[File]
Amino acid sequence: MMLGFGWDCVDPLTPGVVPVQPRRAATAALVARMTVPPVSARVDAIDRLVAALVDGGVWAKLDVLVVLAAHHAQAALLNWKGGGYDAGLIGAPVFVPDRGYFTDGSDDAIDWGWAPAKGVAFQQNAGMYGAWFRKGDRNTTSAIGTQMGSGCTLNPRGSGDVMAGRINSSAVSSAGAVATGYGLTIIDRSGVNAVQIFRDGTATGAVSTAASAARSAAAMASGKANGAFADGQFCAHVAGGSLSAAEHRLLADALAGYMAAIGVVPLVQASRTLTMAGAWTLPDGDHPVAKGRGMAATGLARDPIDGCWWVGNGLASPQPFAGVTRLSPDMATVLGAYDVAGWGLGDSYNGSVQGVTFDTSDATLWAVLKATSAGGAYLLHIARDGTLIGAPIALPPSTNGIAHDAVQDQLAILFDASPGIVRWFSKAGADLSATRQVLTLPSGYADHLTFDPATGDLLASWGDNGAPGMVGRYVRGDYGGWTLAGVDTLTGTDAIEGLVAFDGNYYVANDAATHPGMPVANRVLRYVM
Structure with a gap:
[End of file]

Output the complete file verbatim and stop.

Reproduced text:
Amino acid sequence: MMLGFGWDCVDPLTPGVVPVQPRRAATAALVARMTVPPVSARVDAIDRLVAALVDGGVWAKLDVLVVLAAHHAQAALLNWKGGGYDAGLIGAPVFVPDRGYFTDGSDDAIDWGWAPAKGVAFQQNAGMYGAWFRKGDRNTTSAIGTQMGSGCTLNPRGSGDVMAGRINSSAVSSAGAVATGYGLTIIDRSGVNAVQIFRDGTATGAVSTAASAARSAAAMASGKANGAFADGQFCAHVAGGSLSAAEHRLLADALAGYMAAIGVVPLVQASRTLTMAGAWTLPDGDHPVAKGRGMAATGLARDPIDGCWWVGNGLASPQPFAGVTRLSPDMATVLGAYDVAGWGLGDSYNGSVQGVTFDTSDATLWAVLKATSAGGAYLLHIARDGTLIGAPIALPPSTNGIAHDAVQDQLAILFDASPGIVRWFSKAGADLSATRQVLTLPSGYADHLTFDPATGDLLASWGDNGAPGMVGRYVRGDYGGWTLAGVDTLTGTDAIEGLVAFDGNYYVANDAATHPGMPVANRVLRYVM
Structure with a gap: